Agents Internal Mechanisms Induce Consensus in Evolutionary Games on Networks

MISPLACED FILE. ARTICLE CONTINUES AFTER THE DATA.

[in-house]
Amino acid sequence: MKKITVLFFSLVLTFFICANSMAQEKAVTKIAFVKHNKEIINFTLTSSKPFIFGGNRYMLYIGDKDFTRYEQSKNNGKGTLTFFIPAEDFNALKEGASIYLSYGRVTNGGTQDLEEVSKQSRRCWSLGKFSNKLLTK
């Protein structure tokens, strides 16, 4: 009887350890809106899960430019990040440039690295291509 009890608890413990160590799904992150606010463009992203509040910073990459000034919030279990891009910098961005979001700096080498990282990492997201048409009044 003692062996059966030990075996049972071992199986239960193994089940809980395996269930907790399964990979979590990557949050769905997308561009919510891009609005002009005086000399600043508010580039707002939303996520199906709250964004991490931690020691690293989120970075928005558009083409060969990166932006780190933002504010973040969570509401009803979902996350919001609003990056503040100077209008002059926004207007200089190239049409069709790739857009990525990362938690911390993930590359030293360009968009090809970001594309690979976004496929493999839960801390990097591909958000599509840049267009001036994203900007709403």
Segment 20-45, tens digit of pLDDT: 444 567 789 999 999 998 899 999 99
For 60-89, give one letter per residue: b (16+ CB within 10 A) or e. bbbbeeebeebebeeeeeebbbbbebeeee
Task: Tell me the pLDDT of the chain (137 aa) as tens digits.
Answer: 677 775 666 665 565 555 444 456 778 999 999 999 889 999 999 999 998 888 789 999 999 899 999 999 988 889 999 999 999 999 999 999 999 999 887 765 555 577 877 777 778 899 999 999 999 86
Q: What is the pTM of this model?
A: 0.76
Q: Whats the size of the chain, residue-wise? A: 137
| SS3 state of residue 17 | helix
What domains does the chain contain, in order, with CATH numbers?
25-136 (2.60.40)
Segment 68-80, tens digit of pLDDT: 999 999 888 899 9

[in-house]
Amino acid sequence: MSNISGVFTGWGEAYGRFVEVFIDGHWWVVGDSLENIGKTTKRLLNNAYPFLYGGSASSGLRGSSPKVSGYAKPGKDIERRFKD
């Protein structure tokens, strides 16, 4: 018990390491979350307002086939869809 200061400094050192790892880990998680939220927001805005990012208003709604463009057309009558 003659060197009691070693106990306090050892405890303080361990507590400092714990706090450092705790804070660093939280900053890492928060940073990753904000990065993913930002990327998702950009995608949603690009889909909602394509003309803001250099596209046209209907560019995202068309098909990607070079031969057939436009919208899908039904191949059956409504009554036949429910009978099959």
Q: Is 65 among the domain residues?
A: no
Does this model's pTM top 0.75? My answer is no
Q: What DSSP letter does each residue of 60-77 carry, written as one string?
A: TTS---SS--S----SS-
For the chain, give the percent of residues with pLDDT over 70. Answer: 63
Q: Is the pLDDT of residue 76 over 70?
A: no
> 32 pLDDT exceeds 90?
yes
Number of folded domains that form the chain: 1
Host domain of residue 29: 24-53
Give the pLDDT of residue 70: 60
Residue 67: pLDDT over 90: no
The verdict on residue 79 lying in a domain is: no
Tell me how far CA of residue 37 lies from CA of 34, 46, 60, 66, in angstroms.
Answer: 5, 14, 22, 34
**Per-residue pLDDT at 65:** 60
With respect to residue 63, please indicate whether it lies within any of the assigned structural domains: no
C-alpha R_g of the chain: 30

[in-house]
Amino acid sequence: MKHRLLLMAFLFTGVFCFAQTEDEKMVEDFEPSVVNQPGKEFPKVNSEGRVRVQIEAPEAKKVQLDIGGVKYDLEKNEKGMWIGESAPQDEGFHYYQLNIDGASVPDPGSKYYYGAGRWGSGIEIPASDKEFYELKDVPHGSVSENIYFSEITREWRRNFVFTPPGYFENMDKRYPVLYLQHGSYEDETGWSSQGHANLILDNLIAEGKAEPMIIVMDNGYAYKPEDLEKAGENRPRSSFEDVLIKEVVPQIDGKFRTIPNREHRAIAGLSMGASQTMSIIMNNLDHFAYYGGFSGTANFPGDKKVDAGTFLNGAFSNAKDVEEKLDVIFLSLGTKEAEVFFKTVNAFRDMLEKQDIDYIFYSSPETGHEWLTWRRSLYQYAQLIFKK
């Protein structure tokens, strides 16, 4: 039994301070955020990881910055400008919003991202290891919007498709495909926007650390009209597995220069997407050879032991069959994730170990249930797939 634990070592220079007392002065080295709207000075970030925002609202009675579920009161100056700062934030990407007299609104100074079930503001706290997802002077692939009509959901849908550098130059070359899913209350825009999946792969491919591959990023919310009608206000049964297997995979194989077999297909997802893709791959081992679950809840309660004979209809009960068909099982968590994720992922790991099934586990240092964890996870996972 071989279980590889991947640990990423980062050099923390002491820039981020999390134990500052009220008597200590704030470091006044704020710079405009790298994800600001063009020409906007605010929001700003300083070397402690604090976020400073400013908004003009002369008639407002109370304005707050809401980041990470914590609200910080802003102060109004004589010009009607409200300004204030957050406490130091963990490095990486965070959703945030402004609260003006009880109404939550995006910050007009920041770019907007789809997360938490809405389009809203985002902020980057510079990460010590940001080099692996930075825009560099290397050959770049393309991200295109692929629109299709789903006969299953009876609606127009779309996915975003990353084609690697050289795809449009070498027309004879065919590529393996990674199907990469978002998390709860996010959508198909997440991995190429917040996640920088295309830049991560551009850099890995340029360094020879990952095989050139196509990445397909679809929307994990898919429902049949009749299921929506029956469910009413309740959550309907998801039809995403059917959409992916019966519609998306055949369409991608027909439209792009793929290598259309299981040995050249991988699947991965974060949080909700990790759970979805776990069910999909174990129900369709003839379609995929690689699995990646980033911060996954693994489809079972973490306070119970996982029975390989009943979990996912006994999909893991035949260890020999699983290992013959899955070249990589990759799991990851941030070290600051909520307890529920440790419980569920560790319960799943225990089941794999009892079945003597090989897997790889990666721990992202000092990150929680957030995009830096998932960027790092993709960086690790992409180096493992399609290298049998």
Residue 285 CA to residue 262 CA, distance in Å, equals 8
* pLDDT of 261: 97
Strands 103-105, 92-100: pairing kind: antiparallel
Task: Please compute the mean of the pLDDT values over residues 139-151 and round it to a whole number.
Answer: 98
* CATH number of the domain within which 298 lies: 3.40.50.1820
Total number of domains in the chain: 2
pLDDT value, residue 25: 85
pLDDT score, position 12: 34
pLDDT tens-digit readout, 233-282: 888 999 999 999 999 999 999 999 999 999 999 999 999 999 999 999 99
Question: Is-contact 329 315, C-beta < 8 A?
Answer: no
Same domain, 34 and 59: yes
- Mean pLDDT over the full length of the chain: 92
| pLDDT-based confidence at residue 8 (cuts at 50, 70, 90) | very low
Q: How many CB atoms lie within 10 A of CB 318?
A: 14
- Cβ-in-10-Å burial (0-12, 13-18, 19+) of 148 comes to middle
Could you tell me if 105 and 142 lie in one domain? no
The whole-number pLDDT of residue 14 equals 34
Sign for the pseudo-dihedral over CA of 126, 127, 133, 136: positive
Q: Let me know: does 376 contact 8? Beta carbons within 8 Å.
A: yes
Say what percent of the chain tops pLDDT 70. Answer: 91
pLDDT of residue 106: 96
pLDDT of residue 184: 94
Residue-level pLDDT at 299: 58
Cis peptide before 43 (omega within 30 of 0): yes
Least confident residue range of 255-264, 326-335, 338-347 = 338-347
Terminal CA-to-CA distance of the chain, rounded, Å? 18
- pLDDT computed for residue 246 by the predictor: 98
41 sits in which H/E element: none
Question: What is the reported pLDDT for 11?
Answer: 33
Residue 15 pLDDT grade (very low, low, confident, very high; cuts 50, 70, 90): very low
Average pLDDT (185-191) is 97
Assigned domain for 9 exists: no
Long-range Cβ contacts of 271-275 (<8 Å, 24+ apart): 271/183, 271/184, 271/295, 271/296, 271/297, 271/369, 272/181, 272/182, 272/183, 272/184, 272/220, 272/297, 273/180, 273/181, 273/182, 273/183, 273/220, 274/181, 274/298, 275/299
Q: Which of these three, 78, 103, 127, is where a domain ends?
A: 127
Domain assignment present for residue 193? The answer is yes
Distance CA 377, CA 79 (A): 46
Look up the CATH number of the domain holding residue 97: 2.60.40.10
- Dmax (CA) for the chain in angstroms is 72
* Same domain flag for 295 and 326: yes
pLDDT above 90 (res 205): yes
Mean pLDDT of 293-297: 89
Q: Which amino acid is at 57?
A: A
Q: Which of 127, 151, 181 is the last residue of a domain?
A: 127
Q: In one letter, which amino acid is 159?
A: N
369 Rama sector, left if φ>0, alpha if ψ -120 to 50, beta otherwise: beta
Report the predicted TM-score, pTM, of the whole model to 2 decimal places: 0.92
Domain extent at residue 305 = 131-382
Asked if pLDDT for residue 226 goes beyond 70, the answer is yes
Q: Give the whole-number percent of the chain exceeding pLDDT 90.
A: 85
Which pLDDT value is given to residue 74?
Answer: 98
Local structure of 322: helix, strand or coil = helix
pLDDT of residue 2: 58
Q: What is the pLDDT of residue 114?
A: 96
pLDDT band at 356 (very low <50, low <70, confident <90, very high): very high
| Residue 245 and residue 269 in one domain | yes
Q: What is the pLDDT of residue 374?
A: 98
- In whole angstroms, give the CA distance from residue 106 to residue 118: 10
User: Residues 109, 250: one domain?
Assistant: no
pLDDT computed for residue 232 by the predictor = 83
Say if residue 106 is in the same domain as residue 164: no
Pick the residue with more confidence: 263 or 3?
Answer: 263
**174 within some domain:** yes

Classical evolutionary game theory focuses on infinite well-mixed populations, where the dynamics is ruled by averaging the payoffs of all possible interactions between couples of players. Classical theory has been recently extended to account for the presence of networks of connections among a finite number of agents. Anyway, in both the above theories, agents are only allowed to interact with others players. In this paper, we introduce the concept of internal mechanisms, represented by games that agents play against themselves (self games), and we study their impact on the dynamics at the level of single agents and of the whole population. The main findings concern with the onset of mixed Nash equilibria, which can be stable and, in some cases, represent consensus solutions. Surprisingly, the internal mechanisms can drive games with only dominant strategies, such as the prisoner''''s dilemma game, towards globally stable mixed Nash equilibria. The results have been obtained on the basis of theoretical reasonings as well as extensive numerical experiments.